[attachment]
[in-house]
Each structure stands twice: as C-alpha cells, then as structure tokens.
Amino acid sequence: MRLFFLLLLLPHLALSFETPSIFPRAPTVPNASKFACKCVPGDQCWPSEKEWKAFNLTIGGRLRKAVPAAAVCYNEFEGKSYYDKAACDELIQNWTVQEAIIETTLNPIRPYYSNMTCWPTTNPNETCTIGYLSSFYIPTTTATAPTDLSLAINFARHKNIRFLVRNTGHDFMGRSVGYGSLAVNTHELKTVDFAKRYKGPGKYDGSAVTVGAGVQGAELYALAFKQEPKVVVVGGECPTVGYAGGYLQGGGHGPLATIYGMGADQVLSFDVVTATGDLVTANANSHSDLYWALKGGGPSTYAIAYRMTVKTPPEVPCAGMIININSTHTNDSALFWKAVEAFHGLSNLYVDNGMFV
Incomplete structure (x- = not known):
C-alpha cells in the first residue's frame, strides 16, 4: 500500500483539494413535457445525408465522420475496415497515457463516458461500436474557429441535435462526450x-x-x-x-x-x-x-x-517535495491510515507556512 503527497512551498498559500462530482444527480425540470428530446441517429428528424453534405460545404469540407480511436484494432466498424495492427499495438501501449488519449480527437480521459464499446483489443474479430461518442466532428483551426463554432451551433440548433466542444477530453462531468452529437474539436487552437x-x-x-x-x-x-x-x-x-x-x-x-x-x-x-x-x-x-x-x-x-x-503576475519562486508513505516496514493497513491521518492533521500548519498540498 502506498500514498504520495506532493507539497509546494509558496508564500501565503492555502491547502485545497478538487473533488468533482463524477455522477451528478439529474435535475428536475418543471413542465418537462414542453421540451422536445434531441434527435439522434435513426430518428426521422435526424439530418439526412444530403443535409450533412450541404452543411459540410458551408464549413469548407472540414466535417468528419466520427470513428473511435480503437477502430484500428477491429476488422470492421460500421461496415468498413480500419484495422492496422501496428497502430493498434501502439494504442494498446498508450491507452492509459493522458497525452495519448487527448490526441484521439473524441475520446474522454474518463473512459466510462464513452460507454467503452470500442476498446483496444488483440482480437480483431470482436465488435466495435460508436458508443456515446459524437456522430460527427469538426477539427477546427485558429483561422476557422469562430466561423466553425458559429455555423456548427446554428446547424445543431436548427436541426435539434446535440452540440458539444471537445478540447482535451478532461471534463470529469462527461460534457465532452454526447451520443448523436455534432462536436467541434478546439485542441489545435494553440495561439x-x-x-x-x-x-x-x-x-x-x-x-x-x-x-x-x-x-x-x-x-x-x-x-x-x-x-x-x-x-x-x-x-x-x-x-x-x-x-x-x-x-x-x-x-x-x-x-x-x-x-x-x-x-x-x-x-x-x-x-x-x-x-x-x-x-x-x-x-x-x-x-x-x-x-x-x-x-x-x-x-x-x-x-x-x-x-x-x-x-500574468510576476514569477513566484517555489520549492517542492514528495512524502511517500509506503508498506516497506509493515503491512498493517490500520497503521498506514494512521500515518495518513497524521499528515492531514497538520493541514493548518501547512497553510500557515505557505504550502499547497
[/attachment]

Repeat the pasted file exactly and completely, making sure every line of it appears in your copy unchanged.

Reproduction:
[in-house]
Each structure stands twice: as C-alpha cells, then as structure tokens.
Amino acid sequence: MRLFFLLLLLPHLALSFETPSIFPRAPTVPNASKFACKCVPGDQCWPSEKEWKAFNLTIGGRLRKAVPAAAVCYNEFEGKSYYDKAACDELIQNWTVQEAIIETTLNPIRPYYSNMTCWPTTNPNETCTIGYLSSFYIPTTTATAPTDLSLAINFARHKNIRFLVRNTGHDFMGRSVGYGSLAVNTHELKTVDFAKRYKGPGKYDGSAVTVGAGVQGAELYALAFKQEPKVVVVGGECPTVGYAGGYLQGGGHGPLATIYGMGADQVLSFDVVTATGDLVTANANSHSDLYWALKGGGPSTYAIAYRMTVKTPPEVPCAGMIININSTHTNDSALFWKAVEAFHGLSNLYVDNGMFV
Incomplete structure (x- = not known):
C-alpha cells in the first residue's frame, strides 16, 4: 500500500483539494413535457445525408465522420475496415497515457463516458461500436474557429441535435462526450x-x-x-x-x-x-x-x-517535495491510515507556512 503527497512551498498559500462530482444527480425540470428530446441517429428528424453534405460545404469540407480511436484494432466498424495492427499495438501501449488519449480527437480521459464499446483489443474479430461518442466532428483551426463554432451551433440548433466542444477530453462531468452529437474539436487552437x-x-x-x-x-x-x-x-x-x-x-x-x-x-x-x-x-x-x-x-x-x-503576475519562486508513505516496514493497513491521518492533521500548519498540498 502506498500514498504520495506532493507539497509546494509558496508564500501565503492555502491547502485545497478538487473533488468533482463524477455522477451528478439529474435535475428536475418543471413542465418537462414542453421540451422536445434531441434527435439522434435513426430518428426521422435526424439530418439526412444530403443535409450533412450541404452543411459540410458551408464549413469548407472540414466535417468528419466520427470513428473511435480503437477502430484500428477491429476488422470492421460500421461496415468498413480500419484495422492496422501496428497502430493498434501502439494504442494498446498508450491507452492509459493522458497525452495519448487527448490526441484521439473524441475520446474522454474518463473512459466510462464513452460507454467503452470500442476498446483496444488483440482480437480483431470482436465488435466495435460508436458508443456515446459524437456522430460527427469538426477539427477546427485558429483561422476557422469562430466561423466553425458559429455555423456548427446554428446547424445543431436548427436541426435539434446535440452540440458539444471537445478540447482535451478532461471534463470529469462527461460534457465532452454526447451520443448523436455534432462536436467541434478546439485542441489545435494553440495561439x-x-x-x-x-x-x-x-x-x-x-x-x-x-x-x-x-x-x-x-x-x-x-x-x-x-x-x-x-x-x-x-x-x-x-x-x-x-x-x-x-x-x-x-x-x-x-x-x-x-x-x-x-x-x-x-x-x-x-x-x-x-x-x-x-x-x-x-x-x-x-x-x-x-x-x-x-x-x-x-x-x-x-x-x-x-x-x-x-x-500574468510576476514569477513566484517555489520549492517542492514528495512524502511517500509506503508498506516497506509493515503491512498493517490500520497503521498506514494512521500515518495518513497524521499528515492531514497538520493541514493548518501547512497553510500557515505557505504550502499547497